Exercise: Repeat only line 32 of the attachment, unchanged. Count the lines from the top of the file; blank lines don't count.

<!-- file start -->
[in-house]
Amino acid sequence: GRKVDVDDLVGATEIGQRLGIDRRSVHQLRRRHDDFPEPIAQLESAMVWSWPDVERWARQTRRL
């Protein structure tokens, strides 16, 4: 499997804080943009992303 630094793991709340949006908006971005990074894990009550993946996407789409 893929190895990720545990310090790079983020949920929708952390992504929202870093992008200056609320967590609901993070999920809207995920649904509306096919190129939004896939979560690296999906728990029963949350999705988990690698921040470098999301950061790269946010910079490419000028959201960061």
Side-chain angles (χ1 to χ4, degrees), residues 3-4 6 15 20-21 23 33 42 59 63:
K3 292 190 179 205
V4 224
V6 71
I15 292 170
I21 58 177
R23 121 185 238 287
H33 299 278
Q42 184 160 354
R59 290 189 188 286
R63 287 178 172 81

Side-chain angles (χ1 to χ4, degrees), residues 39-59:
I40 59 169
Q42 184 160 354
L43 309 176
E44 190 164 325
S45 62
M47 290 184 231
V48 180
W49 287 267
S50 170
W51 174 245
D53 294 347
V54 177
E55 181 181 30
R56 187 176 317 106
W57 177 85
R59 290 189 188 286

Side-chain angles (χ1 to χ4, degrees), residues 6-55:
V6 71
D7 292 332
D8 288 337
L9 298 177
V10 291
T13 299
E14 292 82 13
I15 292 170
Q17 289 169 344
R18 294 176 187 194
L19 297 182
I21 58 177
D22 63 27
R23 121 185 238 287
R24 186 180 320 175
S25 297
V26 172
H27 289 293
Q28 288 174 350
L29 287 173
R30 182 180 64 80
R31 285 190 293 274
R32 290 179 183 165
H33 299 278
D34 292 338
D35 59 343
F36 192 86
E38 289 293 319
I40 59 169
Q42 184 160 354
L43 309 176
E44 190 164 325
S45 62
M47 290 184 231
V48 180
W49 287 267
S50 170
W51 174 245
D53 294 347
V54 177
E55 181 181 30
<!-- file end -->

Side-chain angles (χ1 to χ4, degrees), residues 6-55: